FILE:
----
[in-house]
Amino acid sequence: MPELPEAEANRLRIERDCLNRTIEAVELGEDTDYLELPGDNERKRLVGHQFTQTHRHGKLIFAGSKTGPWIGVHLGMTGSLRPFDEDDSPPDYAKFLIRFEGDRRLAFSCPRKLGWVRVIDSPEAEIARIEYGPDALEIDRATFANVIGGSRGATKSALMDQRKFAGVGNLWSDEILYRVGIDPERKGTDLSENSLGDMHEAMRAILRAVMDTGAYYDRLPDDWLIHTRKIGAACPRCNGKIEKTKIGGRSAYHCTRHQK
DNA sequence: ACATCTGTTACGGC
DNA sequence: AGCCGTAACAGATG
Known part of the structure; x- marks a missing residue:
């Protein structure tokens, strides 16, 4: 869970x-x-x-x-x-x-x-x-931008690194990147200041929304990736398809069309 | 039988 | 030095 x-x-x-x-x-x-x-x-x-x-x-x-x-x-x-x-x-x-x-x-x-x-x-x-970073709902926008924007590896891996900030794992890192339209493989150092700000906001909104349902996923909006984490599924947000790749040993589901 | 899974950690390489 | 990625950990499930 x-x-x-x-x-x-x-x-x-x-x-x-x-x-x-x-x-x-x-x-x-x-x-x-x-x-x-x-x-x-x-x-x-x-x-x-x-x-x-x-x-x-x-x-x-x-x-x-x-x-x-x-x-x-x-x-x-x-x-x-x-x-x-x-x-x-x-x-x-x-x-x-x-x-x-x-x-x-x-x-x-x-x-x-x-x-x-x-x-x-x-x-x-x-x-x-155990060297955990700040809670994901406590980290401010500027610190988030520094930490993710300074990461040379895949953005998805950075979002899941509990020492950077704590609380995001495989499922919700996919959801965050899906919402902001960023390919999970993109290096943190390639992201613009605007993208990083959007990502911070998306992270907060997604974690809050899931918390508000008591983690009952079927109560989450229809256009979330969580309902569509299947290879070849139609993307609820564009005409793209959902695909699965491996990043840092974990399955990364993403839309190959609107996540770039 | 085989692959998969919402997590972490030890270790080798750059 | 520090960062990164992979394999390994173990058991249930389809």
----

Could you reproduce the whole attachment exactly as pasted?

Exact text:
[in-house]
Amino acid sequence: MPELPEAEANRLRIERDCLNRTIEAVELGEDTDYLELPGDNERKRLVGHQFTQTHRHGKLIFAGSKTGPWIGVHLGMTGSLRPFDEDDSPPDYAKFLIRFEGDRRLAFSCPRKLGWVRVIDSPEAEIARIEYGPDALEIDRATFANVIGGSRGATKSALMDQRKFAGVGNLWSDEILYRVGIDPERKGTDLSENSLGDMHEAMRAILRAVMDTGAYYDRLPDDWLIHTRKIGAACPRCNGKIEKTKIGGRSAYHCTRHQK
DNA sequence: ACATCTGTTACGGC
DNA sequence: AGCCGTAACAGATG
Known part of the structure; x- marks a missing residue:
């Protein structure tokens, strides 16, 4: 869970x-x-x-x-x-x-x-x-931008690194990147200041929304990736398809069309 | 039988 | 030095 x-x-x-x-x-x-x-x-x-x-x-x-x-x-x-x-x-x-x-x-x-x-x-x-970073709902926008924007590896891996900030794992890192339209493989150092700000906001909104349902996923909006984490599924947000790749040993589901 | 899974950690390489 | 990625950990499930 x-x-x-x-x-x-x-x-x-x-x-x-x-x-x-x-x-x-x-x-x-x-x-x-x-x-x-x-x-x-x-x-x-x-x-x-x-x-x-x-x-x-x-x-x-x-x-x-x-x-x-x-x-x-x-x-x-x-x-x-x-x-x-x-x-x-x-x-x-x-x-x-x-x-x-x-x-x-x-x-x-x-x-x-x-x-x-x-x-x-x-x-x-x-x-x-155990060297955990700040809670994901406590980290401010500027610190988030520094930490993710300074990461040379895949953005998805950075979002899941509990020492950077704590609380995001495989499922919700996919959801965050899906919402902001960023390919999970993109290096943190390639992201613009605007993208990083959007990502911070998306992270907060997604974690809050899931918390508000008591983690009952079927109560989450229809256009979330969580309902569509299947290879070849139609993307609820564009005409793209959902695909699965491996990043840092974990399955990364993403839309190959609107996540770039 | 085989692959998969919402997590972490030890270790080798750059 | 520090960062990164992979394999390994173990058991249930389809």